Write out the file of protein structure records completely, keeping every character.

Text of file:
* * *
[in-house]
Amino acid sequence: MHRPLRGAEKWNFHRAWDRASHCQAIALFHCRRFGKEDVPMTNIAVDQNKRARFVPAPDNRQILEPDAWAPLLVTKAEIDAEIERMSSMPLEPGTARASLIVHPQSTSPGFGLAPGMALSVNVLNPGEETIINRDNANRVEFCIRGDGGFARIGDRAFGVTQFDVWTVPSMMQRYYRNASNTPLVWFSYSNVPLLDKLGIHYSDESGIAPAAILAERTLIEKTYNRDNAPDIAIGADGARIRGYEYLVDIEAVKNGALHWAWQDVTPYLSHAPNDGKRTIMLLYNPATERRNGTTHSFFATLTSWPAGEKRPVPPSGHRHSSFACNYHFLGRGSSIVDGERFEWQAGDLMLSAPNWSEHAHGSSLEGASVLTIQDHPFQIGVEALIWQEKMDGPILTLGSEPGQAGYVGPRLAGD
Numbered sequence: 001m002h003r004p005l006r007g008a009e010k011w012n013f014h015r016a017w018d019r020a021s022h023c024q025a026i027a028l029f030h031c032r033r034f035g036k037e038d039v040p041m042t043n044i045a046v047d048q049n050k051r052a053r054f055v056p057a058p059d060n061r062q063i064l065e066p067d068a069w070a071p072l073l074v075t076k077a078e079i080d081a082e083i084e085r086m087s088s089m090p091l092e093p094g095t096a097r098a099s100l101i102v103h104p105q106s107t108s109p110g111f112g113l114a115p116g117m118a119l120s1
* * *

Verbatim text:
[in-house]
Amino acid sequence: MHRPLRGAEKWNFHRAWDRASHCQAIALFHCRRFGKEDVPMTNIAVDQNKRARFVPAPDNRQILEPDAWAPLLVTKAEIDAEIERMSSMPLEPGTARASLIVHPQSTSPGFGLAPGMALSVNVLNPGEETIINRDNANRVEFCIRGDGGFARIGDRAFGVTQFDVWTVPSMMQRYYRNASNTPLVWFSYSNVPLLDKLGIHYSDESGIAPAAILAERTLIEKTYNRDNAPDIAIGADGARIRGYEYLVDIEAVKNGALHWAWQDVTPYLSHAPNDGKRTIMLLYNPATERRNGTTHSFFATLTSWPAGEKRPVPPSGHRHSSFACNYHFLGRGSSIVDGERFEWQAGDLMLSAPNWSEHAHGSSLEGASVLTIQDHPFQIGVEALIWQEKMDGPILTLGSEPGQAGYVGPRLAGD
Numbered sequence: 001m002h003r004p005l006r007g008a009e010k011w012n013f014h015r016a017w018d019r020a021s022h023c024q025a026i027a028l029f030h031c032r033r034f035g036k037e038d039v040p041m042t043n044i045a046v047d048q049n050k051r052a053r054f055v056p057a058p059d060n061r062q063i064l065e066p067d068a069w070a071p072l073l074v075t076k077a078e079i080d081a082e083i084e085r086m087s088s089m090p091l092e093p094g095t096a097r098a099s100l101i102v103h104p105q106s107t108s109p110g111f112g113l114a115p116g117m118a119l120s1